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CFPB Tackles Medical Debt Affecting 43 Million Consumers
12/22/2014 11:53:13 AM

Charlene Crowell

By Charlene Crowell

Anyone who has been to an emergency room, out-patient clinic or undergone a series of medical tests knows how it feels to receive confusing bills from providers you never knew were treating you. The effects of so many bills and their high costs can almost make a person sick a second time – just from learning how much their medical care costs. 


Each year, 43 million Americans have unpaid medical debt that adversely affects their credit, says the Consumer Financial Protection Bureau (CFPB). Nationwide, one out of every five credit reports show overdue medical debt and accounted for 52 percent of all debt appearing on credit reports. Over the past year, the number of debt collection complaints CFPB received surpassed those of both mortgages and credit cards.


Beyond confusing bills, CFPB learned through investigating these complaints that two frequently-cited concerns were the lack of standard practices and deliberate failure to notify consumers that detrimental entries were added to the personal credit reports. 


The varying amount of time that medical providers allot before turning accounts over to collections agencies can be as short as 30 days after billing to as  long as 180 days. In other cases, some debt collectors bypass directly informing consumers of an alleged delinquency and instead file derogatory comments with credit bureaus.


The CFPB also found that almost one in four consumers filing medical debt complaints claimed that the debts were not their own. These consumers were more than twice as likely to allege that the ‘debt was paid’ compared to other types of debt collection concerns. A second widely claimed position of complainants was that the collector was seeking the wrong amount.


These two types of complaints - the wrong amount owed and the debt being owed by someone else – together illustrate how the lack of uniform standards in medical collection negatively impacts consumers.


These and other related reasons prompted CFPB to convene a public hearing on medical debt on December 11. Held at Oklahoma City University’s Kerr-McGee Auditorium, Richard Cordray, CFPB Director, opened the session saying, “It’s hard for consumers to navigate the medical debt maze and come out with a clean credit report on the other side. Getting medical care should not make your credit report sick.”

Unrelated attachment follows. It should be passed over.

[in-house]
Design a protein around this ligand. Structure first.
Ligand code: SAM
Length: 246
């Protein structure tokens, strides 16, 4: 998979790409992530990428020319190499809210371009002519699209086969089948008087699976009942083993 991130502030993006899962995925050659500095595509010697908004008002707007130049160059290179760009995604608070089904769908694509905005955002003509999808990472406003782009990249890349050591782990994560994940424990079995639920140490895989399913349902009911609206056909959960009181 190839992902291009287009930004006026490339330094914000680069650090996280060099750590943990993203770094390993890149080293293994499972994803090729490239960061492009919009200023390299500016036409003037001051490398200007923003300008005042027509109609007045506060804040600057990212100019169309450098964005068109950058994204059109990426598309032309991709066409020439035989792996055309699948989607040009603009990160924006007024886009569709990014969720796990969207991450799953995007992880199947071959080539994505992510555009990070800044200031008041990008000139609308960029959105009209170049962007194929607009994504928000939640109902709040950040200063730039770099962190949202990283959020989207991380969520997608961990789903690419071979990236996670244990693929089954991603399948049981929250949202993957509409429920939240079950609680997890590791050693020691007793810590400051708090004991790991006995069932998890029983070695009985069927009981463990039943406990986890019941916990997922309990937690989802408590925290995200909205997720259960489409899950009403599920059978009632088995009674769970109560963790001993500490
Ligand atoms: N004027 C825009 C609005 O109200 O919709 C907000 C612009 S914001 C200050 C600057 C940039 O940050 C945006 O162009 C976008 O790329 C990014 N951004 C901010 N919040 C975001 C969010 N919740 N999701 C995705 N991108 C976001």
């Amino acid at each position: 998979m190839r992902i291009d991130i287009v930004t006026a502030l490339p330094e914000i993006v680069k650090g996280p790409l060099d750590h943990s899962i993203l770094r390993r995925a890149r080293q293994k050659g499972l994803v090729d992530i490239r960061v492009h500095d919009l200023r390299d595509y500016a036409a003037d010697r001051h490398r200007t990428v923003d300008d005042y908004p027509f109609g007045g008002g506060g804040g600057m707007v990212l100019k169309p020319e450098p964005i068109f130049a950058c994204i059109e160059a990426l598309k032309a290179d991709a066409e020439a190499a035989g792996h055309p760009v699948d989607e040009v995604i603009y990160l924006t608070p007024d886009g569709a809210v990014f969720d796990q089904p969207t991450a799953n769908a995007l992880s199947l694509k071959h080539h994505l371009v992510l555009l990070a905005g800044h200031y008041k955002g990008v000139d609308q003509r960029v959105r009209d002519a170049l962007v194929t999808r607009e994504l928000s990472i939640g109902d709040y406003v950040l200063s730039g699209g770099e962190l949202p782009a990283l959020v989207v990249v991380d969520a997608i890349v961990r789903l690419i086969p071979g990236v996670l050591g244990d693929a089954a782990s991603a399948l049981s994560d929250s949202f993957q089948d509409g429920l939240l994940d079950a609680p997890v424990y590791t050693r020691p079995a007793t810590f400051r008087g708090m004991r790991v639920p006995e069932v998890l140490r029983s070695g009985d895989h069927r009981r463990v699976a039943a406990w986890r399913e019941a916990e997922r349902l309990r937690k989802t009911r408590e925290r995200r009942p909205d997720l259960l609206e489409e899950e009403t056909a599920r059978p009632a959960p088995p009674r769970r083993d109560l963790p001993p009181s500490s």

Lisa Stifler, a policy counsel with the Center for Responsible Lending, testified at the hearing, citing even more concerns.


“Debts are often sold with limited and inaccurate or incomplete information about the consumers and the debts,” said Stifler. “This, along with the collection tactics used, results in people being harassed and wrongly pursued for debts they do not owe, have already paid, or are too old to be the subject of a lawsuit.”


“Debt buyers are also increasingly operating as lawsuit factories clogging the courts to collect on the debts they purchase, often resulting in garnished wages and other financial harms,” continued Stifler. She also noted how the sale of credit card debt has dropped in recent years with debt buyers now looking to other forms of debt to purchase, including medical debt.


To effectively remedy the growing medical debt issue, CFPB announced a series of steps it will take to ensure accuracy of data in credit reports.  Both creditors and credit bureaus will be required to regularly provide CFPB with accuracy reports. Some of the key metrics will include:


The volume of information and total number of disputes on the top industries reported;


-  Identification of the creditors furnishing the largest number of consumer disputes; and


A record of the efforts taken by reporting agencies to investigate problems and relevant actions


For consumers, CFPB released tips on how to deal with medical debt both before and after it reaches credit reports.


Citing a quote by William Osler, considered by many as a father of modern medicine, “Soap and water and common sense are the best disinfectants,”  Director Cordray added a promising footnote, ”We can and we will make it a point to apply more common sense to improve life for consumers.”



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